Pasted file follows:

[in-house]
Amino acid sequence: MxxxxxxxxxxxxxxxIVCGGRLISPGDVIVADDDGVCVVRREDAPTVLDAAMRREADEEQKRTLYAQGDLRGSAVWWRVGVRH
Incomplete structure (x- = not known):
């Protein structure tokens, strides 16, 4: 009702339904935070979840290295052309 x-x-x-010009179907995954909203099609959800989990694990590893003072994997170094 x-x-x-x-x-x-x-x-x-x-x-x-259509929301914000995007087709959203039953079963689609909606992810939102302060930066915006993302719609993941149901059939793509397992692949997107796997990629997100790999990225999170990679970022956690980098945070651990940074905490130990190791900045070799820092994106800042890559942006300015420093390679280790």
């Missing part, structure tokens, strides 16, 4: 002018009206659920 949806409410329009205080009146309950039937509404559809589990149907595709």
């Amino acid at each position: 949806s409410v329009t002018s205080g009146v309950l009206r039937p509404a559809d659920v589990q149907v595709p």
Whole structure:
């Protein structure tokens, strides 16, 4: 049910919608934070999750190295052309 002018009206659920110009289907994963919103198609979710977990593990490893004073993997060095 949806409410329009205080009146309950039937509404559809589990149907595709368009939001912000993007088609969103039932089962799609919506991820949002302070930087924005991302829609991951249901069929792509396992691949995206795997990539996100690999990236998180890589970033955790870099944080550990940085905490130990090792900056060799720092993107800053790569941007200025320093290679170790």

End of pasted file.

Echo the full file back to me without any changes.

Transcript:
[in-house]
Amino acid sequence: MxxxxxxxxxxxxxxxIVCGGRLISPGDVIVADDDGVCVVRREDAPTVLDAAMRREADEEQKRTLYAQGDLRGSAVWWRVGVRH
Incomplete structure (x- = not known):
């Protein structure tokens, strides 16, 4: 009702339904935070979840290295052309 x-x-x-010009179907995954909203099609959800989990694990590893003072994997170094 x-x-x-x-x-x-x-x-x-x-x-x-259509929301914000995007087709959203039953079963689609909606992810939102302060930066915006993302719609993941149901059939793509397992692949997107796997990629997100790999990225999170990679970022956690980098945070651990940074905490130990190791900045070799820092994106800042890559942006300015420093390679280790």
């Missing part, structure tokens, strides 16, 4: 002018009206659920 949806409410329009205080009146309950039937509404559809589990149907595709």
């Amino acid at each position: 949806s409410v329009t002018s205080g009146v309950l009206r039937p509404a559809d659920v589990q149907v595709p």
Whole structure:
């Protein structure tokens, strides 16, 4: 049910919608934070999750190295052309 002018009206659920110009289907994963919103198609979710977990593990490893004073993997060095 949806409410329009205080009146309950039937509404559809589990149907595709368009939001912000993007088609969103039932089962799609919506991820949002302070930087924005991302829609991951249901069929792509396992691949995206795997990539996100690999990236998180890589970033955790870099944080550990940085905490130990090792900056060799720092993107800053790569941007200025320093290679170790």